I’ve been writing about the correlation between the residential AV industry and the traditional commercial AV industry for years. I’ve jumped on a soapbox and urged the InfoComm crowd to pay attention to the residential market, to realize the driving factor behind the clients’ love for all things iPad or, more recently, Alexa. You see, it’s not just that the residential market is adopting new technologies faster, per se—it’s that the residential market often seems to apply these new technologies with a little more polish.
In the past, we’ve seen how the commercial market tends to roll out these changes more slowly than the residential market. For example, we experienced the commercial pushback against the iPad for quite a long time before they became a standard touchscreen control interface in system designs. It’s not to say we didn’t want to use an iPad in a design, but we already had many great touchscreens from our control partners that increased our profit margins, so why would we: a. change, and b. sell something that makes us no money? Well, over on the residential side, there was the same concern, but most residential integrators jumped at the opportunity to utilize a sub-$1,000 iPad as a touchscreen device. Why did so many residential integrators do this when the commercial side was shunning the device? They saw the opportunity! Previously, they would see only a small number of traditional touchscreens on every project due to cost, but this new technology instantly afforded residential integrators the opportunity to place a touchscreen in any location imaginable. Were they potentially losing some product margin? Yes. But did they have an opportunity to create a better solution for their clients? Also yes.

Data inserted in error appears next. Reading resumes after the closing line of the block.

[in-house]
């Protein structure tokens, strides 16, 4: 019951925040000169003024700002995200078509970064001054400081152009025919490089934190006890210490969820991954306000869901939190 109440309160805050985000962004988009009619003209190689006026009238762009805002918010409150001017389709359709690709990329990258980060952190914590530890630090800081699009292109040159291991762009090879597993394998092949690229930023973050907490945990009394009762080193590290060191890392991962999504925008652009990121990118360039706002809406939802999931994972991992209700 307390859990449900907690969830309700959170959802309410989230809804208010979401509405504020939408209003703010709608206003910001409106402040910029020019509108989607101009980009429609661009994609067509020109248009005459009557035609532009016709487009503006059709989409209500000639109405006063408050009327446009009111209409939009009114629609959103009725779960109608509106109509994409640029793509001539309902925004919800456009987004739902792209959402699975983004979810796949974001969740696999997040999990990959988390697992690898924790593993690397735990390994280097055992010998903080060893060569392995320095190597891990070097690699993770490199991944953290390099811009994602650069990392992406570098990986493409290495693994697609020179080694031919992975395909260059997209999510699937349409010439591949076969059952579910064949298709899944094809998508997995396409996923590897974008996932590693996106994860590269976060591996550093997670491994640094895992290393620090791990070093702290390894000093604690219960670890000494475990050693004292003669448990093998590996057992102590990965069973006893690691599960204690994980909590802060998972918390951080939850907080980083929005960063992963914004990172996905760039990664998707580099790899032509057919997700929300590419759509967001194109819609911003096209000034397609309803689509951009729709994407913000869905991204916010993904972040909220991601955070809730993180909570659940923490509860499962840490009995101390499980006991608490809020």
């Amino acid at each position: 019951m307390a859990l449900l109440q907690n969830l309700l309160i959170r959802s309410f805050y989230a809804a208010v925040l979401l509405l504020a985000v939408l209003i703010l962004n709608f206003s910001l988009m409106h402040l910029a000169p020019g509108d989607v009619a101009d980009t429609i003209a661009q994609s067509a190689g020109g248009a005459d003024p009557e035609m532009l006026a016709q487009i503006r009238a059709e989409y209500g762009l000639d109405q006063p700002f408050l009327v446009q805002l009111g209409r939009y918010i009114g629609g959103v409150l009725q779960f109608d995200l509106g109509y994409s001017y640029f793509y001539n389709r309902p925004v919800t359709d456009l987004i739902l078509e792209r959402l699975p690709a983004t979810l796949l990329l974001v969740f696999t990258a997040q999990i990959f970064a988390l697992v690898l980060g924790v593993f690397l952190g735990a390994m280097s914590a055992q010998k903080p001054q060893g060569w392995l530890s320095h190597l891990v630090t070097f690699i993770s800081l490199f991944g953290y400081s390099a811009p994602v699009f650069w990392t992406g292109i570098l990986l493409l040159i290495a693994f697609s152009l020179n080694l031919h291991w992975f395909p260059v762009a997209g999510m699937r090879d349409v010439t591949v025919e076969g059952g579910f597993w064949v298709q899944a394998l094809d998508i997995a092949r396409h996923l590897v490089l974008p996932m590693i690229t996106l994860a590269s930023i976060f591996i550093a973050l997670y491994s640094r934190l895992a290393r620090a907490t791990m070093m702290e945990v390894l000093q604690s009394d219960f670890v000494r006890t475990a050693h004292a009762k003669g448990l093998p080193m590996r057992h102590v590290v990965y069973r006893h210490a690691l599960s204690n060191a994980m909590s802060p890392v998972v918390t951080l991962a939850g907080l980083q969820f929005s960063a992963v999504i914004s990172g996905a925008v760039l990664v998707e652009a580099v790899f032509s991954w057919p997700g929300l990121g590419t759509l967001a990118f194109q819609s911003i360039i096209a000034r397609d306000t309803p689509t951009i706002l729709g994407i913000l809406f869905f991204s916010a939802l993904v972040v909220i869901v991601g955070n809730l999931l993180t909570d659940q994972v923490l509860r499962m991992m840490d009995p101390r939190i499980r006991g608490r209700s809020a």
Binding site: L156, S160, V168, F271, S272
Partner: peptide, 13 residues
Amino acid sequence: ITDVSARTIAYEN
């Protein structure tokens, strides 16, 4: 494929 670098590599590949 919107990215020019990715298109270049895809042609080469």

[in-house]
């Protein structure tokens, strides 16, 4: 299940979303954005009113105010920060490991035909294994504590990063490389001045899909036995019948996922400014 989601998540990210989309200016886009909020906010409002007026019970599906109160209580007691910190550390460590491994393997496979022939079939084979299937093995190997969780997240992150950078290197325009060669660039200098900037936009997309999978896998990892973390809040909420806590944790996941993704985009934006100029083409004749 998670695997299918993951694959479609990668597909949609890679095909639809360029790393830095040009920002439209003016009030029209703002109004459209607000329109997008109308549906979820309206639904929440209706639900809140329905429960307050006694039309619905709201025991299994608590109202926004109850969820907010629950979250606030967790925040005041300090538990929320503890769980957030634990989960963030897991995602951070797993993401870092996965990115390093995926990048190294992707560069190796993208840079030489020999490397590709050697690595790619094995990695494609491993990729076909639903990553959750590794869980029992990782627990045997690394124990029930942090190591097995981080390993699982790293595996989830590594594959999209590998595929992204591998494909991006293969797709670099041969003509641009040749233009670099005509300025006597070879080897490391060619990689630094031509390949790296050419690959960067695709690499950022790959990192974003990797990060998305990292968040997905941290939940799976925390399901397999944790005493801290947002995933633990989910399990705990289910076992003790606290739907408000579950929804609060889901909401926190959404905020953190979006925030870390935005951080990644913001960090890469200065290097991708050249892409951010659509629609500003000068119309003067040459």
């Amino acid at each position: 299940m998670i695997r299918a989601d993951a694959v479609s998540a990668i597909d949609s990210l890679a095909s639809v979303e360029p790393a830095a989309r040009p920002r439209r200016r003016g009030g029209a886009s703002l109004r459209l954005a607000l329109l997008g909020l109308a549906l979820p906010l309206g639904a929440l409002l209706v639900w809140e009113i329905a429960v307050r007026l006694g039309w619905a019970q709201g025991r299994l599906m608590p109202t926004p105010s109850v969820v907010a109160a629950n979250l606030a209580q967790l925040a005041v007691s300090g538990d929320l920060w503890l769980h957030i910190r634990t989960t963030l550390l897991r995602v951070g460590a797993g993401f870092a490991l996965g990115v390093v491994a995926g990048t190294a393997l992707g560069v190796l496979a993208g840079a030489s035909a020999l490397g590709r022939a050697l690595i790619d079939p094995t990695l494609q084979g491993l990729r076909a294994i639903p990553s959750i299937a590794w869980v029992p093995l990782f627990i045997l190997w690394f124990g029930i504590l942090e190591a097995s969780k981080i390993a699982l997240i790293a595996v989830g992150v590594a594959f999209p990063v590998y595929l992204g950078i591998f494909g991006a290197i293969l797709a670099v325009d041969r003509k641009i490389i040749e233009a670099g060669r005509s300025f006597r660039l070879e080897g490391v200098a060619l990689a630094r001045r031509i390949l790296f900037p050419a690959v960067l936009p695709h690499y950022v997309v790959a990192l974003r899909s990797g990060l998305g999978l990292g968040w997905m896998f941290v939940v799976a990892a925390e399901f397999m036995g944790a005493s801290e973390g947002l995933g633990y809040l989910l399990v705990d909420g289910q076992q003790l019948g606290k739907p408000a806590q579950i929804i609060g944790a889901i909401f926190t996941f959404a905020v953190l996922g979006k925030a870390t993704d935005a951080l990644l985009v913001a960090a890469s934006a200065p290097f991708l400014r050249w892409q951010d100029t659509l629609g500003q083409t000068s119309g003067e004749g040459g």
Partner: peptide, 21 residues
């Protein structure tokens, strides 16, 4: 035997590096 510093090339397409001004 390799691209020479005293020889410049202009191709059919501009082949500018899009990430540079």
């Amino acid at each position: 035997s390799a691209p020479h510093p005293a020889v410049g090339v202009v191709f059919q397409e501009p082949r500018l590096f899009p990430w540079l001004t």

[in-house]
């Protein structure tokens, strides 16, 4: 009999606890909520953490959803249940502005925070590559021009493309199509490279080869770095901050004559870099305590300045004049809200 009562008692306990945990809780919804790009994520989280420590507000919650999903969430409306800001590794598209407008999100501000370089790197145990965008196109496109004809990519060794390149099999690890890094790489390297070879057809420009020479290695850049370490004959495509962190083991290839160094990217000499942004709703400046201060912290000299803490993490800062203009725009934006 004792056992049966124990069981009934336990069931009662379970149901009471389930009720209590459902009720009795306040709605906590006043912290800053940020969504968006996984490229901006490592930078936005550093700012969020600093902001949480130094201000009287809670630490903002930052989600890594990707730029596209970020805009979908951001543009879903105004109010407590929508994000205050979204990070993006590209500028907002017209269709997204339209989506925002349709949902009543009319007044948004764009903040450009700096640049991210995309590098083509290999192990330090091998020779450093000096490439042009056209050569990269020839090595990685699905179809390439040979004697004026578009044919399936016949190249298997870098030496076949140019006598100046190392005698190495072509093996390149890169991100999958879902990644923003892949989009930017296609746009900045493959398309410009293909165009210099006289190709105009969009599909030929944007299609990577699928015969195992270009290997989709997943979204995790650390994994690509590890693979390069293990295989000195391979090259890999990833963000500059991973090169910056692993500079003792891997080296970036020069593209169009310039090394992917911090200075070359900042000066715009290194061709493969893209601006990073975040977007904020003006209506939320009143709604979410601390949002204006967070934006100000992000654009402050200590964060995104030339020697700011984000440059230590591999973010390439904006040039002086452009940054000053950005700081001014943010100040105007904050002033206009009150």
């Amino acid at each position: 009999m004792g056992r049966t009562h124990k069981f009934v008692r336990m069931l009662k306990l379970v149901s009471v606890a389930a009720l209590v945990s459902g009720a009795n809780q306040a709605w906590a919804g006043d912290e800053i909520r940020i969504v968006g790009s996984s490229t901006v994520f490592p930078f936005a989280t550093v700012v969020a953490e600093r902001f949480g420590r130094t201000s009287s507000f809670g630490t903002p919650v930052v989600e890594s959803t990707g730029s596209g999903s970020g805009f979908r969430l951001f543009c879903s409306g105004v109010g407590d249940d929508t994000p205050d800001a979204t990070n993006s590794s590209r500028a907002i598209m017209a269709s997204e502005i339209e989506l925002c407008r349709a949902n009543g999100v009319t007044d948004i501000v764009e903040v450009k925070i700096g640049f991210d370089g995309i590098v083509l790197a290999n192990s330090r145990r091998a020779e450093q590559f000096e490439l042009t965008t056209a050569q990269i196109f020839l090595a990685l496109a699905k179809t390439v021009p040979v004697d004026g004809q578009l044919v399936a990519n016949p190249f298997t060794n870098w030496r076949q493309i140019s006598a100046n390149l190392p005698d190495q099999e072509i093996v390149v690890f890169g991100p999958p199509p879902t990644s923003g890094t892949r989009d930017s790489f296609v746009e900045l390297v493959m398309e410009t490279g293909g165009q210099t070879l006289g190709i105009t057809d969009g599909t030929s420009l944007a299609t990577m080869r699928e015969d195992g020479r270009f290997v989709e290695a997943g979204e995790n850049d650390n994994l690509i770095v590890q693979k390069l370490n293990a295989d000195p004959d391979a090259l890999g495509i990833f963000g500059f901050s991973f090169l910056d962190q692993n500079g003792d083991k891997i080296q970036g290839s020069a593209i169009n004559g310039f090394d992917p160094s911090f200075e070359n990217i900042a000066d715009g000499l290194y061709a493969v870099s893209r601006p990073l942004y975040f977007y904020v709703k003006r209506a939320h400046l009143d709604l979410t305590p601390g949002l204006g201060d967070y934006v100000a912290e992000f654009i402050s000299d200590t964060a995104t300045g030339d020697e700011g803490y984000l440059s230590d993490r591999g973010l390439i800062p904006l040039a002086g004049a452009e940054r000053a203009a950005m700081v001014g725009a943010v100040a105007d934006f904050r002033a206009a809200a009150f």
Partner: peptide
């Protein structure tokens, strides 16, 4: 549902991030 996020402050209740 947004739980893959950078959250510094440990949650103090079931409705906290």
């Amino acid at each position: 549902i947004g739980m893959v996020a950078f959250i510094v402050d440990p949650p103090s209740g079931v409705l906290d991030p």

The commercial AV industry could benefit from a close look at how the residential channel blends new technologies with sophisticated design.
In addition to adopting technology, the residential industry is fantastic at creating environments with a refined aesthetic. This isn’t to say the commercial industry isn’t capable of beautiful projects, or fashioning stunning rooms. But, all too often, I find we spend the majority of our time focusing on function over form. Now this isn’t all bad. On the contrary, this is what we need to focus on. We need to ensure that our systems work, because no one in a commercial environment will care how pretty your install is if it doesn’t function well, or worse, at all. Yet, if we’re honest with ourselves, it wouldn’t hurt us as a whole to give a little more credence to the aesthetics of our systems.
This is something the residential market has understood for years. Because they spend so much time working within the constraints of interior design to achieve these powerful systems, it usually is just second nature for so many residential integrators. There are entire lines of speakers that have been designed as works of art, and others that all but vanish behind the drywall. It’s all about blending and concealing everything wherever possible to create the perfect atmosphere for the client.
Now, don’t misunderstand me, I’m not trying to ruffle any feathers. There are very subtle differences between the commercial and residential channels and we can all learn from each other. Let’s keep our ears to the ground at CEDIA 2017.
Road to CEDIA
The residential market should matter to all of us on the commercial side – with the rapid expansion of technology, worlds are blending and, like it or not, residential integrators are often the ones getting their hands on the newest gadgets first. They’re taking the latest technology and creating polished products with things we haven’t even had pop up on our radar.
There is an opportunity this month to see just how the residential industry continues to evolve with the technology; I encourage you head to CEDIA 2017 where I expect to see innovative new products and technologies.